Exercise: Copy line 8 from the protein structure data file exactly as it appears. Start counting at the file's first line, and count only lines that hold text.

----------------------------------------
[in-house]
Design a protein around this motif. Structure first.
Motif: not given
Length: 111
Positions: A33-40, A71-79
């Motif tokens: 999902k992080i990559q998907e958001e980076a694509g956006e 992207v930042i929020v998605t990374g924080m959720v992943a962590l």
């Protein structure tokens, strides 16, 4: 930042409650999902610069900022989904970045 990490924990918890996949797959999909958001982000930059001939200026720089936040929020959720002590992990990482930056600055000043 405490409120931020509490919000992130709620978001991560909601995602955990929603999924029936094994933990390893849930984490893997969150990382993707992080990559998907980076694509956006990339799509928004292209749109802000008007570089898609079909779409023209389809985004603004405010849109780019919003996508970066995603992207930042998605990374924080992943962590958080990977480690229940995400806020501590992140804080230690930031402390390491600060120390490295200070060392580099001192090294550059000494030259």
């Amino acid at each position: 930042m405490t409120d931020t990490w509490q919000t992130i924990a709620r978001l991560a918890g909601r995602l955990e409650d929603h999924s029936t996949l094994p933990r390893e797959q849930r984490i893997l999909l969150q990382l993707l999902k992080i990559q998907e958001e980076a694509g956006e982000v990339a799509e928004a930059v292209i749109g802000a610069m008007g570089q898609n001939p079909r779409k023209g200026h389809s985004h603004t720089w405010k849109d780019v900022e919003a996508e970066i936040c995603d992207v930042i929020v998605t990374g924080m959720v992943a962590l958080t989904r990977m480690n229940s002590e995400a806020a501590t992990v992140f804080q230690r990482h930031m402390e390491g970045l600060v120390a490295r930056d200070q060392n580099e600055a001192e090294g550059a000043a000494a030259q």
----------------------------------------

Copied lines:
């Amino acid at each position: 930042m405490t409120d931020t990490w509490q919000t992130i924990a709620r978001l991560a918890g909601r995602l955990e409650d929603h999924s029936t996949l094994p933990r390893e797959q849930r984490i893997l999909l969150q990382l993707l999902k992080i990559q998907e958001e980076a694509g956006e982000v990339a799509e928004a930059v292209i749109g802000a610069m008007g570089q898609n001939p079909r779409k023209g200026h389809s985004h603004t720089w405010k849109d780019v900022e919003a996508e970066i936040c995603d992207v930042i929020v998605t990374g924080m959720v992943a962590l958080t989904r990977m480690n229940s002590e995400a806020a501590t992990v992140f804080q230690r990482h930031m402390e390491g970045l600060v120390a490295r930056d200070q060392n580099e600055a001192e090294g550059a000043a000494a030259q």